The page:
On the 26th of April at 1300 CET, Boule is honored to be hosting a webinar by Dr. Charles Adeogun who will discuss his work with sickle cell patients and their families in his native Nigeria. And specifically giving attendees a clear understanding of the disease, diagnosis, monitoring and treatment. This article explains the background to Dr. Adeogun’s work and a taste of the informative yet uplifting content of this unmissable webinar.

Did you miss the webinar? Contact academy@boule.com if you would like to watch the presentation.

Reaching out to help

When you take the right steps at the right time, even the toughest challenges can be overcome. That’s the source of hope and what drives Dr. Charles Adeogun, a doctor running outreach programs for patients and their families across his native Nigeria to help them live longer, better and happier. And he’s the sort of special person we all need to meet and be inspired by.

Many reading this will be living in a part of the world with relatively easy access to healthcare services. Yet it’s a very different picture in Nigeria – even if great strides in healthcare have been made over the years.

But how do you properly address the health of a developing nation of 200 million people? In an environment where the resources needed for quality healthcare are often only available to a small part of society? And, as a practitioner without a comprehensive national healthcare system to support you, how do you overcome the many obstacles between you and the patient outcomes you’re working towards?

 Often, it’s about bringing healthcare directly to the patients.

A different approach makes the difference

When simply getting more money isn’t an option, it takes new approaches. And it takes special people who are committed to doing what is needed for patients and their families.

When you meet Dr Charles Adeogun for the first time and start hearing about his work, you quickly realise that he’s one of these special people. His personal qualities come across immediately. Like his wide clinical knowledge. His awe-inspiring passion for his work. His can-do (and must-do) attitude. But, if there’s one thing you feel more than anything else, it’s his love of life. From his huge optimism and ready smile to his deep empathy for his patients and their families. Because, for him, it’s all about life – and preventing the suffering that shatters lives or cuts them short.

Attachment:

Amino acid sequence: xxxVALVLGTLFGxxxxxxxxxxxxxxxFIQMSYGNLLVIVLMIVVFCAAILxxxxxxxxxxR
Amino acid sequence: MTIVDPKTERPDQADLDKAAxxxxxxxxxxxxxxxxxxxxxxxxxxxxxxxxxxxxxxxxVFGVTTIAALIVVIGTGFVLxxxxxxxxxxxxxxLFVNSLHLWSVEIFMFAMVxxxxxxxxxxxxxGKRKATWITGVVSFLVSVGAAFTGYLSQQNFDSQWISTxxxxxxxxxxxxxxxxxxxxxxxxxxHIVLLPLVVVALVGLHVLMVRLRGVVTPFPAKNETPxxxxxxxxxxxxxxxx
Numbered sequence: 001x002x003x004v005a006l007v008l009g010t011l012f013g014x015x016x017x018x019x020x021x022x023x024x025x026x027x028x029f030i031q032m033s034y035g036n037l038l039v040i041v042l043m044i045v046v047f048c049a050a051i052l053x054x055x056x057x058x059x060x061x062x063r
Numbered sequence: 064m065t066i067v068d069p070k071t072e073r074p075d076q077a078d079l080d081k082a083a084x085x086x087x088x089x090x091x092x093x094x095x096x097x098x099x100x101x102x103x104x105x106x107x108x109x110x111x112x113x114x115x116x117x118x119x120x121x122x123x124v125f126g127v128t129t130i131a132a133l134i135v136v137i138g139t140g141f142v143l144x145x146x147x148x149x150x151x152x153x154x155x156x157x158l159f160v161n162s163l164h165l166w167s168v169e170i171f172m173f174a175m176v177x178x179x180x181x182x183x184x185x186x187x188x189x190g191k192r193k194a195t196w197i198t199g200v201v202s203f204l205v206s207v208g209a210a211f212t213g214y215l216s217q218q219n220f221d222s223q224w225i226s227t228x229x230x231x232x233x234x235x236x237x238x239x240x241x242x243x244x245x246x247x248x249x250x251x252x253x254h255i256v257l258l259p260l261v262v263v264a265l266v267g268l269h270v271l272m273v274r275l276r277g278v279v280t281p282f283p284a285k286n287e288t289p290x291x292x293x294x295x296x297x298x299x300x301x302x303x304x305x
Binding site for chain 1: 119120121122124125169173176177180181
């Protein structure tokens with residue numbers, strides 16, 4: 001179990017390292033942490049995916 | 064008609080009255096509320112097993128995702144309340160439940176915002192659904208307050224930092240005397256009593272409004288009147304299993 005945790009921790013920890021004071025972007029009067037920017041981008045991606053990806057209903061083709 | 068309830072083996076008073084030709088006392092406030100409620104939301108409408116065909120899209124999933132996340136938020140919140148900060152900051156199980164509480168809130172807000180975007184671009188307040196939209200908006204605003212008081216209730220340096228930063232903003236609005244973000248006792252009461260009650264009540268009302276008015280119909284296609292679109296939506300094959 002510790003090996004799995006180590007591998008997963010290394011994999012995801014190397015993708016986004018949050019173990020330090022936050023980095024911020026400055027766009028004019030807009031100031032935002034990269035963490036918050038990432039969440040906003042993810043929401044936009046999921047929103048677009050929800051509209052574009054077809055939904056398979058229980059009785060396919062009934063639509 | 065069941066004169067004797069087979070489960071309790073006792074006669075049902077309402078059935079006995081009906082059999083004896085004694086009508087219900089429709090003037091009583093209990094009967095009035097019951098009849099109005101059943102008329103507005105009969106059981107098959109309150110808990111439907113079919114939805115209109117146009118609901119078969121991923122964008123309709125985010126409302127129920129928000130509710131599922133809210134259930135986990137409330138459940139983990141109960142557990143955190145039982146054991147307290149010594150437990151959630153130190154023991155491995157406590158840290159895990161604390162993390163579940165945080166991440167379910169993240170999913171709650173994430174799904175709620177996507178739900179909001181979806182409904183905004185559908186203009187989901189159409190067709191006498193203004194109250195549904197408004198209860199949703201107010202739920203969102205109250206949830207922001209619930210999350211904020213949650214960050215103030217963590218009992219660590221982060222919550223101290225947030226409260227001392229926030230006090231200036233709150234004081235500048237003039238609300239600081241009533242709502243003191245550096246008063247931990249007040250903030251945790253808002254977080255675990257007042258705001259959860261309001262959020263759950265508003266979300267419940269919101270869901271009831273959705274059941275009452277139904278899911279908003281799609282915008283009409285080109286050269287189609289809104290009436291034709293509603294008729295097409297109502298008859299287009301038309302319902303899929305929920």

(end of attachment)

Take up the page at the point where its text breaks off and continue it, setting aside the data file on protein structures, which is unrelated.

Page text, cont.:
Helping patients access quality healthcare when they need it.


A health and social challenge

And this is why the monitoring and treatment of sickle cell anemia is particularly close to his heart as a Nigerian. “Nigeria is often referred to as the epicentre of the disease,” explains Charles. “And we have almost 150,000 children born every year with the sickle cell diagnosis. Most will die before the age of 30. Although we have some that live into their 60s and 70s … those at the top of society who have access to quality healthcare.” Charles continues: “It’s just sad. When people have babies with this diagnosis, they say, ‘Oh this baby isn’t going to live long.’”

In addition to cutting lives short, the quality of life for sufferers can be very poor. From the stigma of being weak and the family being “cursed” that restricts people’s opportunities to develop, form relationships and have children. To the multiple comorbidities such as the danger of sepsis or complications from infections like malaria. And all the while, severe pain episodes that are almost impossible to imagine. Charles still tries to give an idea: “A woman came to me and she said the pain of labour was minor compared to this …”

Church groups are a good way to promote health awareness.

Finding the way forward

The obvious answer for many sickle cell sufferers would be quality healthcare and medication to manage the condition, alleviating the painful symptoms and minimizing the associated risks. However, that is not an easy or affordable option for the majority of Charles’s patients. He had to find another approach – a combination of health education and close monitoring where hematology analysis plays a vital role.

The all-important first step is good health education that can prevent a lot of problems down the line. For sickle cell patients and their families, it’s about raising awareness of potential triggers like stress, poor nutrition, hygiene and hydration. “When it comes to health education on the condition, there is a lot of room for improvement,” says Charles. “One of the key preventive measures, for example, is ensuring a clean and supportive family environment.”

The sooner, the better

At the same time, science lends a much-needed helping hand. Close monitoring of the condition gives early warning of these triggers and impending crises, and the need to intervene with, for example, a blood transfusion. Charles is clear about the importance of hematology analysis and complete blood counts in making a massive difference in his patients’ lives: “We look at everything – the hematocrit, leukocytes, neutrophils, platelets … ,” says Charles. “Hematology analysis is the bedrock of our successful monitoring.”

Early detection and prevention of the worst effects of the condition is what makes all the difference. And it’s an approach that not only brings hope and encouragement to sickle cell patients and their families but also to healthcare professionals like Charles who are working hard to put patients on this path to a better, happier future.

We wish Charles all success in the future. And we look forward to following up on his latest venture that is currently in its planning stage: a mobile phone-based consultation platform that will do even more to connect doctors and nurses with sickle cell and other patients throughout Nigeria. Because, as Charles proves every day, the more you reach out, the more lives you touch.


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